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Keywords:

  • BMI;
  • genetic susceptibility

Abstract

  1. Top of page
  2. Abstract
  3. Research Methods and Procedures
  4. Acknowledgments
  5. References

This study investigated the role of the ENPP1/PC-1 gene K121Q polymorphism in predicting BMI (kg/m2) in non-diabetic individuals. Three independent samples (n = 631, n = 304, and n = 505) of adult whites were analyzed. Selection criteria were fasting plasma glucose level <126 mg/dL, absence of severe obesity (BMI ≥40 kg/m2), and lack of treatment known to modulate BMI. In Sample 1, BMI values were different in individuals carrying the K121/K121 (KK), K121/Q121 (KQ), and Q121/Q121 (QQ) genotypes (25.5 ± 4.3, 25.3 ± 4.1, and 22.8 ± 2.5 kg/m2, respectively (adjusted p = 0.022); BMI values in Samples 2 and 3 also tended to be different, although the differences, after adjustment for age and sex, did not reach statistical significance. When data were pooled, BMI values were 25.8 ± 4.4, 25.6 ± 4.4, and 23.6 ± 3.3 kg/m2 in KK, KQ, and QQ individuals (adjusted p = 0.029). According to a recessive model, QQ individuals had lower BMI values than KK and KQ individuals combined (23.6 ± 3.3 kg/m2 vs. 25.7 ± 4.4 kg/m2; adjusted p = 0.008). These data suggest that the QQ genotype of the ENPP1/PC-1 gene is associated with lower BMI. If similar results are confirmed in prospective studies, the K121Q polymorphism may help identify people at risk for obesity.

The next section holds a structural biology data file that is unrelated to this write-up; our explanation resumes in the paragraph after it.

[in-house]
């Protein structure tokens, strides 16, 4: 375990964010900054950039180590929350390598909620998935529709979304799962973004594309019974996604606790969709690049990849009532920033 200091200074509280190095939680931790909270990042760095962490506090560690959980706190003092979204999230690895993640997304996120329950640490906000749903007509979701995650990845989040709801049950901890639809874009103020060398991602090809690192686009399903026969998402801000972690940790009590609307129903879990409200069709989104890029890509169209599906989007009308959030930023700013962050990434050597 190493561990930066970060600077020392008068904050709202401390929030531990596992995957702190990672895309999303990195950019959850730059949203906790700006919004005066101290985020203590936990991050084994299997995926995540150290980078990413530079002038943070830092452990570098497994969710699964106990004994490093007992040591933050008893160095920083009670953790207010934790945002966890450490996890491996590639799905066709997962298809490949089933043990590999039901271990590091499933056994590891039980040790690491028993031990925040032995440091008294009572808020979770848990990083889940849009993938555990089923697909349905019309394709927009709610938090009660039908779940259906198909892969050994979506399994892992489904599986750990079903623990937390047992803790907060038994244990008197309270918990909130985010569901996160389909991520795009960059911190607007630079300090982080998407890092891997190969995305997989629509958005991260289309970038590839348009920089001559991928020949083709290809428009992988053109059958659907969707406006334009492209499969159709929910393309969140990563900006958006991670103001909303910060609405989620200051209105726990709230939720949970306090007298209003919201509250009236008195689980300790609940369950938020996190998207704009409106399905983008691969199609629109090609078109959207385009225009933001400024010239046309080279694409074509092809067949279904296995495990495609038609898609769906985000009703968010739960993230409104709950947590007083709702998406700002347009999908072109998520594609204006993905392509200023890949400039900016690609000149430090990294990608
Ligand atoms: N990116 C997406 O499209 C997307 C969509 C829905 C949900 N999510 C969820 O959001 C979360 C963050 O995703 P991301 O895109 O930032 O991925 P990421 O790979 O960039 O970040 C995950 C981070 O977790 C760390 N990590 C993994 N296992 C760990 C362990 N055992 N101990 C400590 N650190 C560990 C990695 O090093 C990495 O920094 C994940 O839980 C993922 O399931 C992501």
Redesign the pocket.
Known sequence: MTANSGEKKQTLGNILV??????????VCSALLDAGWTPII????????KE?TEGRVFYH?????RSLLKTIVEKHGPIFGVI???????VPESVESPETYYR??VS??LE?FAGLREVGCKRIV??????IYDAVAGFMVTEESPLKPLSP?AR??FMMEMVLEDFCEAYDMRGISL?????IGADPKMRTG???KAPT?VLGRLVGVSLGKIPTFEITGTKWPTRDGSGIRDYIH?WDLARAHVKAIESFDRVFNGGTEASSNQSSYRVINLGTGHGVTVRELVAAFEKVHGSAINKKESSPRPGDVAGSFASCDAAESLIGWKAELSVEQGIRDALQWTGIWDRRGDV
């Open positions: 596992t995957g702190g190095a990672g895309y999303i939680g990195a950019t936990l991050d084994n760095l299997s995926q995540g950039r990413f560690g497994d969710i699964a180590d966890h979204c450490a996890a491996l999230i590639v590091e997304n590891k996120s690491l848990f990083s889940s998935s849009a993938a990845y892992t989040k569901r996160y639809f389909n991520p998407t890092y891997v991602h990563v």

Ectoenzyme nucleotide pyrophosphate phosphodiesterase (ENPP1),1 also known as plasma cell membrane glycoprotein 1 (PC-1), is a membrane glycoprotein that reduces insulin action by binding to the insulin receptor and inhibiting subsequent signaling (1) (2). A missense polymorphism (i.e., K121Q) of the ENPP1/PC-1 gene has been described (3). The Q121 variant binds and inhibits insulin receptor more strongly than the K121 variant (4) and is associated with insulin resistance and related metabolic abnormalities in the vast majority of studied populations (3) (5) (6) (7) (8). Recent findings indicate that the Q121 variant is also associated with type 2 diabetes (9) (10) (11) (12) (13), and among diabetic patients with both cardio- and nephrovascular complications (12) (14), all clinical conditions are likely consequences of insulin resistance. More recently, conflicting data have been reported concerning the possibility that this variant also modulates BMI (13) (15) (16). The aim of the present study was to investigate the role of the K121Q polymorphism on BMI, independently of type 2 diabetes.